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Trump Would Cut Hurricane-Tracking Agencies

During hurricanes, people depend on charts and predictions from the National Hurricane Center and the National Weather Service. (NOAA/NWS)
During hurricanes, people depend on charts and predictions from the National Hurricane Center and the National Weather Service. (NOAA/NWS)
September 11, 2017

CHARLESTON, W.Va. -- President Trump's proposed budget would cut nearly $1 billion from the National Oceanic and Atmospheric Administration. That could hobble hurricane tracking and prediction.

The administration wants to cut NOAA funding by more than one-sixth, which would hit the National Weather Service and the National Hurricane Center.

Former NOAA chief of staff Renee Stone is now chief of staff with the Natural Resources Defense Council. She said those agencies' predictions save countless lives - particularly compared to the numbers who died in storms before such predictions were available; such as the one that hit Galveston, Texas in 1900.

"The hurricane that hit Galveston, no one knew that was coming and thousands of people died,” Stone said. "In Harvey, it was still a disaster, but they were able to make a lot of decisions that helped keep a lot of people safe."

Budgets passed by the House and Senate include smaller cuts to NOAA. Stone said the Trump budget reductions seem tied to the agency's research into climate change.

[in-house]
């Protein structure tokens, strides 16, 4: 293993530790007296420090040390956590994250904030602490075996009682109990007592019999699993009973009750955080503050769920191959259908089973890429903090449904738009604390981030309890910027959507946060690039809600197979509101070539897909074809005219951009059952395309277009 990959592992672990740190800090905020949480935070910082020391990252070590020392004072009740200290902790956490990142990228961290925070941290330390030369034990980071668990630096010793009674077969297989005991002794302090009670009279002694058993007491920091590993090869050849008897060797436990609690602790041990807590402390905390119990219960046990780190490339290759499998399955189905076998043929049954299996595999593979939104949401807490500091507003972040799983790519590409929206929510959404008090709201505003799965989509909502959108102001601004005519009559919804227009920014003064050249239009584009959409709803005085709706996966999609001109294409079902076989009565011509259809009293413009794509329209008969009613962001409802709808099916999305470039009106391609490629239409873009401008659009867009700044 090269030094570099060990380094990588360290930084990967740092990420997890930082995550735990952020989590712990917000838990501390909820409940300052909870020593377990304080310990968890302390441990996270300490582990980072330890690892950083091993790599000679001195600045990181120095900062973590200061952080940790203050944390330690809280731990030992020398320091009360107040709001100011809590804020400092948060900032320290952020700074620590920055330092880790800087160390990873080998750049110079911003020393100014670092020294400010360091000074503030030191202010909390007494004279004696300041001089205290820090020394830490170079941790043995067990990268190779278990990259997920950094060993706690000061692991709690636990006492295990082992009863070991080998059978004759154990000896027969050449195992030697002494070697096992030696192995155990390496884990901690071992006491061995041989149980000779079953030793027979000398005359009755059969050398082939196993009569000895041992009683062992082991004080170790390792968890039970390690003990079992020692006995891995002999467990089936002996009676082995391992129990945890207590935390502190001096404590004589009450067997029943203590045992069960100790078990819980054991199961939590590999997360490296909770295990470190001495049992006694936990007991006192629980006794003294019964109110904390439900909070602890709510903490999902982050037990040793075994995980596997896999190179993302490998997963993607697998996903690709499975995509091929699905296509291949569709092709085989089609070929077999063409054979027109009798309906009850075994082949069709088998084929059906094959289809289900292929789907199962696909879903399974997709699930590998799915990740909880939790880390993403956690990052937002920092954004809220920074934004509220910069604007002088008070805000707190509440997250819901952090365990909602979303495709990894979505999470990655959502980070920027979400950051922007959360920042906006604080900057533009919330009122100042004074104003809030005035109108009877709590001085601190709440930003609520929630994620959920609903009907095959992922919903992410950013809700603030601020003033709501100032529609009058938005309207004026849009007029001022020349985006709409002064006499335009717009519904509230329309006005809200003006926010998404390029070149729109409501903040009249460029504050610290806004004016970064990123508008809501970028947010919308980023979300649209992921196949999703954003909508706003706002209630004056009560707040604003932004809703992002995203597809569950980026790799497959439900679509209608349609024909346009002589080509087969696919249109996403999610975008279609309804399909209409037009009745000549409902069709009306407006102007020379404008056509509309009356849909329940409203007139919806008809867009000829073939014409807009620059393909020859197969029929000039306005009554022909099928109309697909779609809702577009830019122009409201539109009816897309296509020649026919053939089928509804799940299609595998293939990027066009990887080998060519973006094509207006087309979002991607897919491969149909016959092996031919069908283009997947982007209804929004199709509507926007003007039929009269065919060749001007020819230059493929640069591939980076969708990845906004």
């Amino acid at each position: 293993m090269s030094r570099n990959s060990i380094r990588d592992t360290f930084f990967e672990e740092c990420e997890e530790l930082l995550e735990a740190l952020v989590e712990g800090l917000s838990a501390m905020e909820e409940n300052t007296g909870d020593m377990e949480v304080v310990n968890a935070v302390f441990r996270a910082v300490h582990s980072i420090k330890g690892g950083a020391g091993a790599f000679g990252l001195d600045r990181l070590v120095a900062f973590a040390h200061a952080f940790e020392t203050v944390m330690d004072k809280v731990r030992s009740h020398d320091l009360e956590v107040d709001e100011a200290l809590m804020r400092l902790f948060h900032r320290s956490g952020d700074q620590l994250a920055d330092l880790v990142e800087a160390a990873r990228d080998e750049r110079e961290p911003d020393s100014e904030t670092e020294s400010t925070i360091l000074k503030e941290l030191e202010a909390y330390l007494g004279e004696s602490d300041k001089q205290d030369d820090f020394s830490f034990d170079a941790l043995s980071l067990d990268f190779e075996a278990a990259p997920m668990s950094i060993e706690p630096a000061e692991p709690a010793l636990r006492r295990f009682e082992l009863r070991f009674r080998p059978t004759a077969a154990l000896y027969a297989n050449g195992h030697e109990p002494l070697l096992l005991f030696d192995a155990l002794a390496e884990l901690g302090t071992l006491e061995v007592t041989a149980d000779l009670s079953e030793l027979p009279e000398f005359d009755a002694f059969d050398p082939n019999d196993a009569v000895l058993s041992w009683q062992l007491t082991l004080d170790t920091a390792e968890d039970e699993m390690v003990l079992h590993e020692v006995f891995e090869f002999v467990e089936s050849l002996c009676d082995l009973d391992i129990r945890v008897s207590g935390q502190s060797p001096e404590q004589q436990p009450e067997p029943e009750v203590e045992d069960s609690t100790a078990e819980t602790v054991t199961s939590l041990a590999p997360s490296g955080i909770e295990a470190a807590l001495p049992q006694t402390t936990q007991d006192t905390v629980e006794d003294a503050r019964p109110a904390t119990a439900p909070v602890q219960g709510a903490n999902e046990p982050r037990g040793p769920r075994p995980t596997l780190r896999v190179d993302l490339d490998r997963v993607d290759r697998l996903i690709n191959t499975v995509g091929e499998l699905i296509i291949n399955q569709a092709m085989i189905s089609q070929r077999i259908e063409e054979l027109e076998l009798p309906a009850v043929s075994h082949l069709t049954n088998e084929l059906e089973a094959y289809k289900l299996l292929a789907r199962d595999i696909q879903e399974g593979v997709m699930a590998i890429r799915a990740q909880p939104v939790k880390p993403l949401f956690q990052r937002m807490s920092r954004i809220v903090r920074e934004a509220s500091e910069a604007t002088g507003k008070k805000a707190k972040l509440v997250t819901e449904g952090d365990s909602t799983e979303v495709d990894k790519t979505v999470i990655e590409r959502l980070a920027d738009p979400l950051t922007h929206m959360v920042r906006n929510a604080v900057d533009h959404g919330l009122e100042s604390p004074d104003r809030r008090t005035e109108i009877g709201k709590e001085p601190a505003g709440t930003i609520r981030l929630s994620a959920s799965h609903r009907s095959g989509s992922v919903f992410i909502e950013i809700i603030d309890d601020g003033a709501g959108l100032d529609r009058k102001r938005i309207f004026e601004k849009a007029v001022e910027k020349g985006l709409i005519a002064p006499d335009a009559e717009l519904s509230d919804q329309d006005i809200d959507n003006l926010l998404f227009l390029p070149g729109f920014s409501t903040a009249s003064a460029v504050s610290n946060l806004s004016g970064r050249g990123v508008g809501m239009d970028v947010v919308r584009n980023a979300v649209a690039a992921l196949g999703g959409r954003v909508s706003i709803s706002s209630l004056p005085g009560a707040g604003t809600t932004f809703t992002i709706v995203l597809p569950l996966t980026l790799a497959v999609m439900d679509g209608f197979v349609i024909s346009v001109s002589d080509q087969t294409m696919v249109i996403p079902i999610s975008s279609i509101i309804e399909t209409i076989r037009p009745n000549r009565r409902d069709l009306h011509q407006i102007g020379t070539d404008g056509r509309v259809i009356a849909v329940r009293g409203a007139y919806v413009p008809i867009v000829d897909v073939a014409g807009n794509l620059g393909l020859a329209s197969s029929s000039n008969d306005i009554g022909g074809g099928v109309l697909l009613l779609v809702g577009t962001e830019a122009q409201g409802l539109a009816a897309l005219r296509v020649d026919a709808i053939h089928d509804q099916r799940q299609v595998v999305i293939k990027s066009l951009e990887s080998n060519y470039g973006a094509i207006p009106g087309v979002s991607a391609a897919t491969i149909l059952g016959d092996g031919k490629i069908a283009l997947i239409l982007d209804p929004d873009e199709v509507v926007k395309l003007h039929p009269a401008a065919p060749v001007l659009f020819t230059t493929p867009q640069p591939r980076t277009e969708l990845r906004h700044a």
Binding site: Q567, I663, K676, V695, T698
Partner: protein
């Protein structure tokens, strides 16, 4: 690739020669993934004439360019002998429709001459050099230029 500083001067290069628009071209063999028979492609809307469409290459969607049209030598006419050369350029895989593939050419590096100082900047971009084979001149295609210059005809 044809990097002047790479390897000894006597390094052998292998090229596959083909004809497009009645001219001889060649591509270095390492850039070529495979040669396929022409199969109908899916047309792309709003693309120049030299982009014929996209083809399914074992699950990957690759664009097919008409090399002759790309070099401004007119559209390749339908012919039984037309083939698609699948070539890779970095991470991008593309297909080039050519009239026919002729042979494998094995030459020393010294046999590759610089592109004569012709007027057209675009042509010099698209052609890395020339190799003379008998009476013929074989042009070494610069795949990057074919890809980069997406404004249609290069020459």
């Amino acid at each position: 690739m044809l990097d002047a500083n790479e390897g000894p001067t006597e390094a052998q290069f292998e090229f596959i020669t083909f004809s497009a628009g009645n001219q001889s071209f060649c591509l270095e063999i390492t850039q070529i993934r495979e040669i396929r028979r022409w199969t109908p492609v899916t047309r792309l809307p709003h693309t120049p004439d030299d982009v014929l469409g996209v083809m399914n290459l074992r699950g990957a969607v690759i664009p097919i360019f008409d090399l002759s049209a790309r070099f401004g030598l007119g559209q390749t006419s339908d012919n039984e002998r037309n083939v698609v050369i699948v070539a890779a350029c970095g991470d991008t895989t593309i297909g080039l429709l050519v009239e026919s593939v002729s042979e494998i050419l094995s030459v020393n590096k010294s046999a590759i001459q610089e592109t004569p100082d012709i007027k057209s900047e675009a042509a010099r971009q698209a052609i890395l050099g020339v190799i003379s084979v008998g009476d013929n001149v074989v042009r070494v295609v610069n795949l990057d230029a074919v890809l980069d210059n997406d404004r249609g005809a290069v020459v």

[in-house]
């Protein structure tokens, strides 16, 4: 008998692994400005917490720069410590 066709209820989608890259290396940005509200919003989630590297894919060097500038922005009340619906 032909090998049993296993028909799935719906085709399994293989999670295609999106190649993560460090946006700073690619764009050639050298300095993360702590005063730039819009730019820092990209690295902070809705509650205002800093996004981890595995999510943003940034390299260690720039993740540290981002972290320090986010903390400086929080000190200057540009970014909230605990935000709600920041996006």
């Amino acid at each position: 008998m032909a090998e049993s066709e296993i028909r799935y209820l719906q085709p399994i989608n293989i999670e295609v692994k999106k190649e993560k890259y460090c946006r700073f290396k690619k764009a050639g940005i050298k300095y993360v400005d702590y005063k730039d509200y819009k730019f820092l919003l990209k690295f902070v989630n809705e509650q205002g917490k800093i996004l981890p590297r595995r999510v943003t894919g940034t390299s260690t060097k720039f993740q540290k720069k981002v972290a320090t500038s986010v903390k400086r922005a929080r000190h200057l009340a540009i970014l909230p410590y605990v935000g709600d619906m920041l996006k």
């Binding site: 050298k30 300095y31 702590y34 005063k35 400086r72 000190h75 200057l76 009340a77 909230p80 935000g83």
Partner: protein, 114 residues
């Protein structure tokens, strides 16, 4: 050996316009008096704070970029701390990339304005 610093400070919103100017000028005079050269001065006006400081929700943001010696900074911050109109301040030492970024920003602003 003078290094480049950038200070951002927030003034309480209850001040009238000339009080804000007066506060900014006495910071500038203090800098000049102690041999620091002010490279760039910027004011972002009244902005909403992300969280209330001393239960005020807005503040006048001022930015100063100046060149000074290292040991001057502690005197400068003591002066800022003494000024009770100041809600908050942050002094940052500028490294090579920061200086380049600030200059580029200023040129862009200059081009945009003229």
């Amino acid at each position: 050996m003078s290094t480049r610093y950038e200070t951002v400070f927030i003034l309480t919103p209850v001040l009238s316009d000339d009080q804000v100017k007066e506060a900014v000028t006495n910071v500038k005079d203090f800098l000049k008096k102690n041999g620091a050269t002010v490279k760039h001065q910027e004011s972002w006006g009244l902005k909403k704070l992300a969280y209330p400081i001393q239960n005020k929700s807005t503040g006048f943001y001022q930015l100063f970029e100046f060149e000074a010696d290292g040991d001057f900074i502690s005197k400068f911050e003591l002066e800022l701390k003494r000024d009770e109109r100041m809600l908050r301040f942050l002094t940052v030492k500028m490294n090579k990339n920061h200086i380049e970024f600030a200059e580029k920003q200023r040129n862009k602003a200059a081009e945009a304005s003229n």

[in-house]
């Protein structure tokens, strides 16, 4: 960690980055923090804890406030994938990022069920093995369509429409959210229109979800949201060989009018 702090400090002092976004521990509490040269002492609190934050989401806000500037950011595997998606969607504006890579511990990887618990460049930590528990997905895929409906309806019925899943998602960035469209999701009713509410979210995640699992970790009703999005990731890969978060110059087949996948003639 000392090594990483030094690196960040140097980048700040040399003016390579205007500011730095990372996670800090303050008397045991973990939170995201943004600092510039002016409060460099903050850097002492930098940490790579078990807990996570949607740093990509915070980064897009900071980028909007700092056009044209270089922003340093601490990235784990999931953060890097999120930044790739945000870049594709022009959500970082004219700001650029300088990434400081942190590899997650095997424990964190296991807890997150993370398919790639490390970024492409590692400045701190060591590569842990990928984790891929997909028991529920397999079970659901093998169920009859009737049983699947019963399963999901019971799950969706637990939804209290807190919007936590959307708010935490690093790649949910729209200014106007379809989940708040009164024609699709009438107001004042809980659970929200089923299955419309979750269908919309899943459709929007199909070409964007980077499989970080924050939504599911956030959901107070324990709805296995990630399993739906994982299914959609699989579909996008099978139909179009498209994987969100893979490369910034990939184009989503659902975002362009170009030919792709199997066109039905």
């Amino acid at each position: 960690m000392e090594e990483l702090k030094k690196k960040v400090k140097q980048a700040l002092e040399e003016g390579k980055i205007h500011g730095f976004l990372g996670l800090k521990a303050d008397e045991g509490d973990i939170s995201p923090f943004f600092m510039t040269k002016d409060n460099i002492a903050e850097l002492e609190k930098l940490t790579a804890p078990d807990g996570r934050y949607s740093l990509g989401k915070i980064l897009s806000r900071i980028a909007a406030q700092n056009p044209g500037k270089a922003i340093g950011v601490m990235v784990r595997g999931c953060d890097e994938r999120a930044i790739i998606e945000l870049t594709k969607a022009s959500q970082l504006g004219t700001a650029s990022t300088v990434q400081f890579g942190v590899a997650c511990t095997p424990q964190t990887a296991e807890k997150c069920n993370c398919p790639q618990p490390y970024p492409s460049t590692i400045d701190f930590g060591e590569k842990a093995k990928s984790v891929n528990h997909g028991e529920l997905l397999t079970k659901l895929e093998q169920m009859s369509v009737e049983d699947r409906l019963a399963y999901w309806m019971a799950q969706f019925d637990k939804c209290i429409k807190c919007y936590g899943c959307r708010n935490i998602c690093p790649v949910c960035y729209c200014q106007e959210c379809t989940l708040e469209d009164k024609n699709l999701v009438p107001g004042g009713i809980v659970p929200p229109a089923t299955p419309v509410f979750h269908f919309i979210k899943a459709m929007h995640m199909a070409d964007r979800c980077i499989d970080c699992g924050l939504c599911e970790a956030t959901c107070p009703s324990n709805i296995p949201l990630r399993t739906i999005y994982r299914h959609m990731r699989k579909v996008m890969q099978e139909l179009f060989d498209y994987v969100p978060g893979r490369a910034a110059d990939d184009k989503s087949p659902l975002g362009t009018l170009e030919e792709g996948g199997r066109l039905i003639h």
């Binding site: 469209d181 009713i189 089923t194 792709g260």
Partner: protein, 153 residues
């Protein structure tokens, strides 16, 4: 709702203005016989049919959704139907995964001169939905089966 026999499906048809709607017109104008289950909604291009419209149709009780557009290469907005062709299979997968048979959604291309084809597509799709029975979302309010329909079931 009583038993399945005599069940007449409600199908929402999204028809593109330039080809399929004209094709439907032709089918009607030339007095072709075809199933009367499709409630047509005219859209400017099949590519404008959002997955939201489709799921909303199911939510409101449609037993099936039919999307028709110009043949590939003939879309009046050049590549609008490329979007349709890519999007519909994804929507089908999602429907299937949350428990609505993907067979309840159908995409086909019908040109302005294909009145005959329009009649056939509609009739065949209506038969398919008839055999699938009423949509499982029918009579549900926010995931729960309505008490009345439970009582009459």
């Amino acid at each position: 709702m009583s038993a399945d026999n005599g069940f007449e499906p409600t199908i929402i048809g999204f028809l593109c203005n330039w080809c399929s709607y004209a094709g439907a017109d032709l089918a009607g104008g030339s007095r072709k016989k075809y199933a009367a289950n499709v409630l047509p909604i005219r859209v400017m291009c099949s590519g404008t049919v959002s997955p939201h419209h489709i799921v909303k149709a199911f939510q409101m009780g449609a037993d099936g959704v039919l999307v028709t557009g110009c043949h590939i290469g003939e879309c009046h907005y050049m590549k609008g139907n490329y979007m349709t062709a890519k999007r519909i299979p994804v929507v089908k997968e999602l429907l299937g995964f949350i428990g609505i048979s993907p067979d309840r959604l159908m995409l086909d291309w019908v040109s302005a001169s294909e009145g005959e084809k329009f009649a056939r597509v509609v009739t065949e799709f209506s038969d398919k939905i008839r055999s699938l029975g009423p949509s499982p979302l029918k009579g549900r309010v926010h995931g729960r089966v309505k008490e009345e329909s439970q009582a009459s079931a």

Before coming to office, Trump described climate change as a hoax designed to weaken the U.S. economy. His position seems to have shifted some since then. Stone said even if you set the climate issue aside, it makes sense to invest in the complicated and expensive job of predicting where hurricanes are going.

"No matter what you believe about climate change, we've experienced a huge number of disasters in the last several years,” she observed. "Wouldn’t it be nice if we knew seven days out or ten days out what the hurricane would do with greater accuracy?"

NOAA does not have a permanent director currently. The job is being filled by a deputy.

Stone said right now the agency is "all hands on deck" - totally devoted to the job of tracking the current storms. But she said the weather predictions people see on the evening news are the result of a lot of costly scientific work.

"A lot of research, a lot of hard work, a lot of cutting-edge technology goes into that forecast. And these budget cuts really threaten that,” she said.

Local officials in Texas and Florida have cited higher sea levels and warmer ocean waters as contributing to damage from storms.

Dan Heyman, Public News Service - WV